Wednesday, September 10, 2008

Booker Prize

So they just released the Booker shortlist and lo and behold, favorites Salman Rushdie and Joseph O'Neill do not make it past the previously released longlist! Not that I have anything against Rushdie (or O'Neill for that matter), but I think it's indicative of a positive shift from a strict adherence to the "classics" to a less homogeneous pool of writers. 

Not everyone seems too pleased about this though, as Rushdie fanatic John Sutherland (whom I blame - among others,myself included - for the oblivion Rushdie seems to have moved into) bemoans this year's selection by noting the lack of books dealing with the "current socio-political turmoil" which for him can only be set in "contemporary London, Dublin, or Edinburgh."

On the one hand, I do agree with Sutherland. Yes, gone are the "novels about the Hampstead orgasm, or the Great Wen's multidinous slippery poles." In deed, the "flight from the here (that being the UK, specifically literary London) and the now (that being 2008)" is anything but inconspicuous when you consider the sheer distance this flight has traversed. It is not just a geographic distance, with destinations that include India, Sligo, Sheffield and in the case of A Fraction of the Whole, the "Australian bush.. the cafes of Paris, (and) the Thai jungle." It is also a generational flight, as in The Clothes on Their Backs, in which the protagonist looks back into her Jewish roots, and a political one as in The Northern Clemency which lands in the Thatcher era. While The White Tiger is grounded in contemporary India, it takes flight across socio-economic spaces and offers a satirical perspective on the real and abstract boundaries that separate us in this our modern capitalist world. Amitav Ghosh's Sea of Poppies delves into the past of colonial upheaval in a narrative that "(spans) continents, races and generations" while The Secret Scripture takes flight through memory to reveal an "alternative, secret, history of Ireland."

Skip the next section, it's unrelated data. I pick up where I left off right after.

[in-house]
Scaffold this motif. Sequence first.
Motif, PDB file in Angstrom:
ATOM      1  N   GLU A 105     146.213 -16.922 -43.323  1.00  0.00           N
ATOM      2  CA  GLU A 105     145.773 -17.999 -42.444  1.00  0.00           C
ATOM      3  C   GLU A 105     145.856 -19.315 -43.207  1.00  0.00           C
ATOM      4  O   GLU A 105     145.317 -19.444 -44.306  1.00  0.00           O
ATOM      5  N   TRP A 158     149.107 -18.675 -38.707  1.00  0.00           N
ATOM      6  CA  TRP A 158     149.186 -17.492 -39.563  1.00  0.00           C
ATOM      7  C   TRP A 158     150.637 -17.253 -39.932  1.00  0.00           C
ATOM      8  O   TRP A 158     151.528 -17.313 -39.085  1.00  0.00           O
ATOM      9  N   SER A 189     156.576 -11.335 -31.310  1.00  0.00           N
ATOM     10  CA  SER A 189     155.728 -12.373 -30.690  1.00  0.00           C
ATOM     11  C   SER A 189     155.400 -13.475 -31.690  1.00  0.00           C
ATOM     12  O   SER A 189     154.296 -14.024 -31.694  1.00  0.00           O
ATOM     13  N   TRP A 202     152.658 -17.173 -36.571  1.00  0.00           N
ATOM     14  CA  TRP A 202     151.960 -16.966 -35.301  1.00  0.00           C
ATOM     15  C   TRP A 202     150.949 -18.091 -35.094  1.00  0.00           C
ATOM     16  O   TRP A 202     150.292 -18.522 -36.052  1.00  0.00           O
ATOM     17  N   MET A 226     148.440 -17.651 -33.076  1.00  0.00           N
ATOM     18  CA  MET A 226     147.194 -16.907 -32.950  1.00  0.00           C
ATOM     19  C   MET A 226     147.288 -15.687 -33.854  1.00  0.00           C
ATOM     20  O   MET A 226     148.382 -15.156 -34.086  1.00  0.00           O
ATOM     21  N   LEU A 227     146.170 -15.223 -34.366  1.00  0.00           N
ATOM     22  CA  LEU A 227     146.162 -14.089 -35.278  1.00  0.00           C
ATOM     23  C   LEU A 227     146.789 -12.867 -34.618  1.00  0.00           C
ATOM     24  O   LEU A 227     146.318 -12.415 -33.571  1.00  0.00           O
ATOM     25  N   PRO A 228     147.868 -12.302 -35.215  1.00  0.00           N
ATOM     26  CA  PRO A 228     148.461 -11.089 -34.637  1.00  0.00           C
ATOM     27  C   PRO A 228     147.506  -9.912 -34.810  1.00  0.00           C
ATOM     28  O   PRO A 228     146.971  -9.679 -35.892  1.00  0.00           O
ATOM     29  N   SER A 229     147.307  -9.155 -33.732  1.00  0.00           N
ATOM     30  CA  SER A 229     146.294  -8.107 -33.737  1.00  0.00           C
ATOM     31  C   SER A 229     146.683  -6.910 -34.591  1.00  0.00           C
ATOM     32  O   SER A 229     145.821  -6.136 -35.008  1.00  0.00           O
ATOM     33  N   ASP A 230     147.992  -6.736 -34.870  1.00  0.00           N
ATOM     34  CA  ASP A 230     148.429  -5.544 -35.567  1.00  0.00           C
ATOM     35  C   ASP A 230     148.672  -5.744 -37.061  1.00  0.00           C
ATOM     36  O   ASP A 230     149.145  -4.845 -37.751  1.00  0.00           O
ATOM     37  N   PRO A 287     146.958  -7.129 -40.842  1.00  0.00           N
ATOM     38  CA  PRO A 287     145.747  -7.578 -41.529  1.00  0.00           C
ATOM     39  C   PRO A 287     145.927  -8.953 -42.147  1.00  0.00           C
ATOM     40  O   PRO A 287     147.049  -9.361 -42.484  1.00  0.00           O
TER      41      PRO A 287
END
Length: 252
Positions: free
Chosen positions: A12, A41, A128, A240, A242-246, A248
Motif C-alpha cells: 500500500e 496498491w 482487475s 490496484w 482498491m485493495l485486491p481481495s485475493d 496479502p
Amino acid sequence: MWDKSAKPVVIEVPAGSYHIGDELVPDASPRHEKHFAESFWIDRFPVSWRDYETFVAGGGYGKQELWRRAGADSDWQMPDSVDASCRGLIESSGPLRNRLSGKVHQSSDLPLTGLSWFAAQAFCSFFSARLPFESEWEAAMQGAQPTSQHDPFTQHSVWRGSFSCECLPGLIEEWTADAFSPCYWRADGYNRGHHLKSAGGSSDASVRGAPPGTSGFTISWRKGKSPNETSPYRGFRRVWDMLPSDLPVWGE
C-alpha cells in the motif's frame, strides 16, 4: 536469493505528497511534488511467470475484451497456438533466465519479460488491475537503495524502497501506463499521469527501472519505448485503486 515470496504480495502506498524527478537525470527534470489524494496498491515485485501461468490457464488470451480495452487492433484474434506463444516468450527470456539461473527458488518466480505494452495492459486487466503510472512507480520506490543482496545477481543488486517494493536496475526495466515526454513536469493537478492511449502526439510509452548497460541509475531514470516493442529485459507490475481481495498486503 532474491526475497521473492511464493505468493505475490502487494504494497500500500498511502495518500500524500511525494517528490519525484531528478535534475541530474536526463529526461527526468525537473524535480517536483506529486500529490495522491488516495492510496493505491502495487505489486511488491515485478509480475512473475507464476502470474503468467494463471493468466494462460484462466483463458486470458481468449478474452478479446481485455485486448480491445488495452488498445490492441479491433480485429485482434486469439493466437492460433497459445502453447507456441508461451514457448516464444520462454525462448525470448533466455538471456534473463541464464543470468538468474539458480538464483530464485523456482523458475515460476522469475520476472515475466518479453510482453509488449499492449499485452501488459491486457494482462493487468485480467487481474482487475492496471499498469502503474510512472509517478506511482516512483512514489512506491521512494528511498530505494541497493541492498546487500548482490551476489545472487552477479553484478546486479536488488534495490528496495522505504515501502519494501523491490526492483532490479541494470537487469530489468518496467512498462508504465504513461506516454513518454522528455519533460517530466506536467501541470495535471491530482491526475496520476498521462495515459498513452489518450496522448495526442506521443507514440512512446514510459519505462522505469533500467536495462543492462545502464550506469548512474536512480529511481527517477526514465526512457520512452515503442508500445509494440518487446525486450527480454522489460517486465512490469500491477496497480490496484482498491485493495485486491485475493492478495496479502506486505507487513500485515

The point Sutherland is missing, however, is that it is this departure from the here and now in which we are so embroiled that makes this list commendable. In a time when we are forced to examine the fundamental constructions on which we have based our entire lives/civilizations, it seems to me that these novels are giving us an answer to the question that should be on everyone's minds- how did we get here? And while I am in no way doubting Sutherland's expertise in whatever activity he chooses to apply himself (I am particularly interested in getting his recipe on curried texts), I am suggesting that even a man of his learning can stand to gain something from the unique perspectives these books promise.

UPDATE: Just in case anyone questioned my opinion on this matter, please look at this reflection on the short-list by Olivia Laing and notice that she pretty much says the exact same thing I was. 

Case in point:
"alongside their page-turning properties, there is a strong sense of a preoccupation with families and a desire to make sense of the last century through the lens of personal relationships. From Linda Grant's The Clothes on Their Backs to Sebastian Barry's The Secret Scripture, these are novels passionately concerned with how traumas of the past inflect the present."

I'll take that byline, thanks.

In other news, I'm missing Boima in DC. Tragedy.

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